The 2021 four finalists include violinists VC Young Artist Maria Dueñas from Spain, Sory Park from South Korea, Angela Chan from Hong Kong, and Sophia Stoyanovich from the USA.
We sat down with the competition's founder, Julian Gargiulo, "the pianist with the hair", for an inside look.
Tell us about this unique event. How did you come up with the idea for this innovative competition?
Getting to Carnegie is a yearly competition which rotates between violin, cello, and voice. Several things make it unique among other classical music competitions.
There is no application fee. There is no professional jury. The Final Round, which takes place at Carnegie Recital Hall (hence the name), is also the world premiere of a new work of mine written specifically for the competition.
Carnegie Hall is a metaphor for reaching the top. The idea of a competition which combines that metaphor of excellence with the reality of getting to the actual concert hall, is something that always fascinated me. That is coupled with my long-term goal of making classical music more accessible and fun to people of all ages.
I was lucky to have the support of some incredible people, including board member Susan Fisher and Honorary Board Member Emanuel Ax, as well as The Violin Channel and the generous support of the Alphadyne Foundation to help make this idea a reality.
What are you hoping the candidates will take away with them?
This year, we had over 70 applicants from 19 different countries coming from the top conservatories and music schools in the world. The four finalists are truly exceptional.
Performing at the highest level essentially means forgetting everything you’ve learned and just playing from the heart. The experience of being judged by an audience is tremendously important because at the end of the day, an audience is the truest of juries.
So no, it’s not just about adding “Carnegie Hall” to their bios, though that’s definitely a perk.
How did you adapt to the COVID-19 situation?
Due to the Covid-19 pandemic, Carnegie Hall is closed at the moment and the competition had to move online. With the incredibly generous help of the Violin Channel, we are able to stream the Final Round “live” to practically half a million VC followers and anyone else with an internet connection (and 45min to spare).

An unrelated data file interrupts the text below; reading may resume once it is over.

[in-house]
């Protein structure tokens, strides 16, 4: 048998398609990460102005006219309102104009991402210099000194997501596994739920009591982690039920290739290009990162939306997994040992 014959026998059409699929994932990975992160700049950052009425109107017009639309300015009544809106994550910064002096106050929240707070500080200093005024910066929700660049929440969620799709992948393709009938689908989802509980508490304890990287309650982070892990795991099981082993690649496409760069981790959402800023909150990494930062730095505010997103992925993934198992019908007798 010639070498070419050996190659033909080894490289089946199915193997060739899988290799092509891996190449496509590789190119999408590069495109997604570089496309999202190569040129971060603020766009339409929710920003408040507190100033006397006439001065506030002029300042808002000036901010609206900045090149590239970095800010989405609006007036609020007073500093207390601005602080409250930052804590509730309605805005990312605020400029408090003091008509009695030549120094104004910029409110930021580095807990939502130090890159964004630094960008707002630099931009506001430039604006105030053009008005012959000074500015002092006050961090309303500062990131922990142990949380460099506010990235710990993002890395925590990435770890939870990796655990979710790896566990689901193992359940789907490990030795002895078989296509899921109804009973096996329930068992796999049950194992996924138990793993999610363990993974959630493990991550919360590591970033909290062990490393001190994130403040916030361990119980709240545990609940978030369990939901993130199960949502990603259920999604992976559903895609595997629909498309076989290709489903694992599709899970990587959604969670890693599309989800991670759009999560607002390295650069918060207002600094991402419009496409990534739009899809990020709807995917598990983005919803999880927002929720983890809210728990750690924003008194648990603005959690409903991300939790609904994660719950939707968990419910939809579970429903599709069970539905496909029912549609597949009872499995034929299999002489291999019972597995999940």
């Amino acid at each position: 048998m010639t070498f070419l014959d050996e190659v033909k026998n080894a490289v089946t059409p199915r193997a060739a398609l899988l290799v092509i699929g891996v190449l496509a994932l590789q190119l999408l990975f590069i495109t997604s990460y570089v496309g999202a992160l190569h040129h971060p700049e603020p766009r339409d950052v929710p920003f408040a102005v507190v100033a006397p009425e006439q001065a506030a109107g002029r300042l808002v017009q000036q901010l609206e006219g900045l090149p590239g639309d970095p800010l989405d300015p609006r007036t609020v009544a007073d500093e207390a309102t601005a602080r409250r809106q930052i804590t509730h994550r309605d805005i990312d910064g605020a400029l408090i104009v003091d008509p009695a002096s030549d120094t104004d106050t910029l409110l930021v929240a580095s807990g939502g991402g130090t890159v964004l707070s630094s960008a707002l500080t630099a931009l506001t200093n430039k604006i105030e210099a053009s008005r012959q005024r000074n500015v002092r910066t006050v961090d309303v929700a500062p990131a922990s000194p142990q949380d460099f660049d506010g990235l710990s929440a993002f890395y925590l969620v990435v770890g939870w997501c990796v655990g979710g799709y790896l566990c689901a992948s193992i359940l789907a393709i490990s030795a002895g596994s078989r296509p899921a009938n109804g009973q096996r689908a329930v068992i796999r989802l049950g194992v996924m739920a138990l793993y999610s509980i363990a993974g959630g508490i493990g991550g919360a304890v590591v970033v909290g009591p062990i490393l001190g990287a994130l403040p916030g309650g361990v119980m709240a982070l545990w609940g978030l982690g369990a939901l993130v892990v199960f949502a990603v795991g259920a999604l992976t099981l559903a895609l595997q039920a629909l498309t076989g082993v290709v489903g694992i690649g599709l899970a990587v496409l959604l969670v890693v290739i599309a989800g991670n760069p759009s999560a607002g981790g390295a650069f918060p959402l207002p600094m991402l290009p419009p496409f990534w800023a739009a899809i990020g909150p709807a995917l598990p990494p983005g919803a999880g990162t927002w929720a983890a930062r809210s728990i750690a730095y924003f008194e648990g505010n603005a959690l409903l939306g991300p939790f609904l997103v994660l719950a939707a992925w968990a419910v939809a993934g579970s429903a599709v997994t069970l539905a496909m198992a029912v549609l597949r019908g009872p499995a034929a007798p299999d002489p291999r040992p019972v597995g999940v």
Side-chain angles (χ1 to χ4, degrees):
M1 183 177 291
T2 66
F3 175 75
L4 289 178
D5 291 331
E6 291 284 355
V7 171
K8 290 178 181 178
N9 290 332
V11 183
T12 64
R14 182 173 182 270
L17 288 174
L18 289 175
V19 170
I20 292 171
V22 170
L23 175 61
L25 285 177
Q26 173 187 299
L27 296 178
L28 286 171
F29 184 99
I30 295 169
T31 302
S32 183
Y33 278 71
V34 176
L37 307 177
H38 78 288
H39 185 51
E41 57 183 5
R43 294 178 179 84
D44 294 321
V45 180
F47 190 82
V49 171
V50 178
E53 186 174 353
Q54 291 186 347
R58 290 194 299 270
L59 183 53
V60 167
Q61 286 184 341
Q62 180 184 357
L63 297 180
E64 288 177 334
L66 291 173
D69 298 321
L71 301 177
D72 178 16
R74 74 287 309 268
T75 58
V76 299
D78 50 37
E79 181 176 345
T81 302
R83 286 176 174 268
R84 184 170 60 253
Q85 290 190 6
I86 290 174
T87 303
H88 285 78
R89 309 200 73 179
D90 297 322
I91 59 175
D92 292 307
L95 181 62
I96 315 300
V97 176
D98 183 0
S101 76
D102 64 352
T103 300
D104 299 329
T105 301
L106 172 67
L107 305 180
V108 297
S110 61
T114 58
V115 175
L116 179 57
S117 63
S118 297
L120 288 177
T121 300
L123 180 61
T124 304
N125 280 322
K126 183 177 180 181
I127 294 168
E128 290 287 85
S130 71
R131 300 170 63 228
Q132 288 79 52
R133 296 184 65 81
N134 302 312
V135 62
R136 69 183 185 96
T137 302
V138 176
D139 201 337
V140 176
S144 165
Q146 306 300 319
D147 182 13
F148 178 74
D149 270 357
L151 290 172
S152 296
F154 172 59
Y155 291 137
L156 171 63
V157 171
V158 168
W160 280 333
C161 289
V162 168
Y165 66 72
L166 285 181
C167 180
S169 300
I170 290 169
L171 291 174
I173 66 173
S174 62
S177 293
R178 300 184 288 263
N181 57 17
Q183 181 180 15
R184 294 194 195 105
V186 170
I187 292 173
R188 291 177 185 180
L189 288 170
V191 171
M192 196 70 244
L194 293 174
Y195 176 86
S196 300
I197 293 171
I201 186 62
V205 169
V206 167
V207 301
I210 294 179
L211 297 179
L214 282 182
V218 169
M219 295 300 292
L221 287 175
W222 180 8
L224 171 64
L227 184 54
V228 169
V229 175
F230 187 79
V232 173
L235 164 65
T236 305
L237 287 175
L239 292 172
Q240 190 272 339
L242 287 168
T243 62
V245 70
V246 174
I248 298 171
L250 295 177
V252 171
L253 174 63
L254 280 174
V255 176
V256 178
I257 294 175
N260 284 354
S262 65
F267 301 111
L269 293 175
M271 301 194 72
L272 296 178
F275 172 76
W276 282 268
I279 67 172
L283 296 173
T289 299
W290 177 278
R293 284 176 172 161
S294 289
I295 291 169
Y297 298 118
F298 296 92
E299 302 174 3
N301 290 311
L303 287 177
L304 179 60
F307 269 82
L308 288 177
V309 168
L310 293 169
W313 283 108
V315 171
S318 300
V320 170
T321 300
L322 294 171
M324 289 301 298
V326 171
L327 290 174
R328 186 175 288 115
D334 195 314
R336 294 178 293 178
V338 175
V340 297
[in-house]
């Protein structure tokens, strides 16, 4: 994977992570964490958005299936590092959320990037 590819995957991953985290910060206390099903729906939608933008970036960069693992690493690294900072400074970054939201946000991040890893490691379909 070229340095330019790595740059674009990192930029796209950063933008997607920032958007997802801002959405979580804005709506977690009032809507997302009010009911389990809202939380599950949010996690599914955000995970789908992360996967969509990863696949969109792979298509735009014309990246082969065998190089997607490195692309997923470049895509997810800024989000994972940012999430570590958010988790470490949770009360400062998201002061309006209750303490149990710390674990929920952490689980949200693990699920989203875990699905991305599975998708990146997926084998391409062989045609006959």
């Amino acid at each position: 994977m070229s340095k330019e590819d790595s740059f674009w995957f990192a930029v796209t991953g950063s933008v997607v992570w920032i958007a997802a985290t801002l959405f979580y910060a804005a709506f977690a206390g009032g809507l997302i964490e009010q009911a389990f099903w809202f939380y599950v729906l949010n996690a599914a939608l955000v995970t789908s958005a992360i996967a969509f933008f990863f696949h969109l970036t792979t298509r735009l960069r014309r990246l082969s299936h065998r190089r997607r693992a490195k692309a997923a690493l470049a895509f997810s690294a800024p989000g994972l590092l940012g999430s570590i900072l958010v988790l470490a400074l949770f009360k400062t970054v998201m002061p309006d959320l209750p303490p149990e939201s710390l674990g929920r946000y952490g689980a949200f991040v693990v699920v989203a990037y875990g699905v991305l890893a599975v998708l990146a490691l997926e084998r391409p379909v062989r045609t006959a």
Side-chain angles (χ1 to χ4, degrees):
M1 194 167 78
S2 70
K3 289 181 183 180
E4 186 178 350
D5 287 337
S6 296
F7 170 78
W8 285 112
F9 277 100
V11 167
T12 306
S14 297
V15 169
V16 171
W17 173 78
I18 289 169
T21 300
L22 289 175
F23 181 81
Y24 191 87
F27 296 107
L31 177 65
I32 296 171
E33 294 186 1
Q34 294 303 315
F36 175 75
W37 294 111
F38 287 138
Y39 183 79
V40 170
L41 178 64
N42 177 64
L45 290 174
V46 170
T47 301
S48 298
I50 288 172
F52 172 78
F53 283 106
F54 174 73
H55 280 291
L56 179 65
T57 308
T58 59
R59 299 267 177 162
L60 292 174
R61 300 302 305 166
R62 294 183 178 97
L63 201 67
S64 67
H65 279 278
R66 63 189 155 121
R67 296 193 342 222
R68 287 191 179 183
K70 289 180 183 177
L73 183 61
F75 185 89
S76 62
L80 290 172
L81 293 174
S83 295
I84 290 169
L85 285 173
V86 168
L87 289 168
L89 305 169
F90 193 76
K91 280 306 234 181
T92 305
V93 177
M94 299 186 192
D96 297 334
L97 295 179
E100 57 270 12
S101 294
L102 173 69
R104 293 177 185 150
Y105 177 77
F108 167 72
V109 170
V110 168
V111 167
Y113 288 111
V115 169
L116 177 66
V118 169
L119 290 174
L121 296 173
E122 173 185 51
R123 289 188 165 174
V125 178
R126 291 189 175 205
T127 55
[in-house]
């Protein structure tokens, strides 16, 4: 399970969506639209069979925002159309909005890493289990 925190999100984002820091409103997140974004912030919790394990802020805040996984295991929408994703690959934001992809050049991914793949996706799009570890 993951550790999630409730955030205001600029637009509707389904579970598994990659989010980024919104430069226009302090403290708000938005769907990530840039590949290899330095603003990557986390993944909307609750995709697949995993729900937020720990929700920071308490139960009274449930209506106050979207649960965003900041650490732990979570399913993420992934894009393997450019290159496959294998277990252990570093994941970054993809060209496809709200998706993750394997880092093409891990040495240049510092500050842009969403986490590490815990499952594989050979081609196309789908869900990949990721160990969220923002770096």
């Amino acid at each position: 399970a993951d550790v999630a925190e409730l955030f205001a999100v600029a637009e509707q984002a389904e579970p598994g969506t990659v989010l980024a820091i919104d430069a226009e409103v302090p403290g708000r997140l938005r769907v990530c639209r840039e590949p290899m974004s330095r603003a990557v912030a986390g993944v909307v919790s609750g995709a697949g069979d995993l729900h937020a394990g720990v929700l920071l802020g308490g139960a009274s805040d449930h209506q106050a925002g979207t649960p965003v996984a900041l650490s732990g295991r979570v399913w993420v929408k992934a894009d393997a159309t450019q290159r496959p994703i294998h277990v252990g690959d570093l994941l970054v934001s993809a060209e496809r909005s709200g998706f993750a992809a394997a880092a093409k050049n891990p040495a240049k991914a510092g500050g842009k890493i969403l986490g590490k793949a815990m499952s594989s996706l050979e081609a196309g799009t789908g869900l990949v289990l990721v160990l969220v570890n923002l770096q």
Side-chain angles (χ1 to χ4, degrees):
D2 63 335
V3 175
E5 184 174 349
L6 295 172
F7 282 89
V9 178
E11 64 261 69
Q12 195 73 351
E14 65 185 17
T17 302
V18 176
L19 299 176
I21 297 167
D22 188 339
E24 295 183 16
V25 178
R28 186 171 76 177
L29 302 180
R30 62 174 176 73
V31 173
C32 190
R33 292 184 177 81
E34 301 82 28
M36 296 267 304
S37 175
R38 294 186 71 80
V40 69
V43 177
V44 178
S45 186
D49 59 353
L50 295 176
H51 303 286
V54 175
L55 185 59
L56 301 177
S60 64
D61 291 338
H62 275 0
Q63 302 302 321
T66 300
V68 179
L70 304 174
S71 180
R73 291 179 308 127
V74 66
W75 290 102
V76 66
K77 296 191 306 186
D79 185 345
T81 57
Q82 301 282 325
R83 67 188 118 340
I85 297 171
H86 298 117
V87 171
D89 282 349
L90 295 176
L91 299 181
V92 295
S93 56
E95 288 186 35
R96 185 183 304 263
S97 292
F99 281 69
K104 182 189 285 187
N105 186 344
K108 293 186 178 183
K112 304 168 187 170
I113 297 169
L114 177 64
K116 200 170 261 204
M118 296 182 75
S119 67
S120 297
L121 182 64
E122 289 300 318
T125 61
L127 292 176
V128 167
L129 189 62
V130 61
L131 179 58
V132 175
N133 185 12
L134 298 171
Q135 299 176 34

The internet is currently the biggest concert hall in the world. While Covid has taken away so much from so many, it has brought our competition into the home of every single person with a phone line and a router.
What can this year’s winner expect?
Each finalist receives a cash prize of $1,000. The first prize winner will receive an additional $4,000, get to perform at Carnegie Recital Hall in January 2022 for next year’s Getting to Carnegie Competition, as well as be the featured violinist in the Water Island Music Festival, to be held in the Virgin Islands in 2022.
What is your process for composing the new sonata?
Sometimes a whole movement will come in an afternoon, sometimes it will happen over months of painstaking editing. Inspiration can strike at any moment. For instance, a theme can arrive "unannounced" when I’m taking my 3-year-old son James for a carousel ride (we live in Paris), and then I’ll have to bribe him with chocolate to get home in time to write it down.
I’m not an organized person by nature, but I try to be in my music. I think a good piece should be better than its composer. The actual process is a bit like Darwin’s Theory of Evolution, or “survival of the fittest,” only the musical version is “survival of the fittest theme.”
If we want to watch this year’s competition, how can we go about that?
This year’s Final Round will be streamed both on The Violin Channel and the Getting to Carnegie Facebook pages. It will air January 12th at 5 PM EST.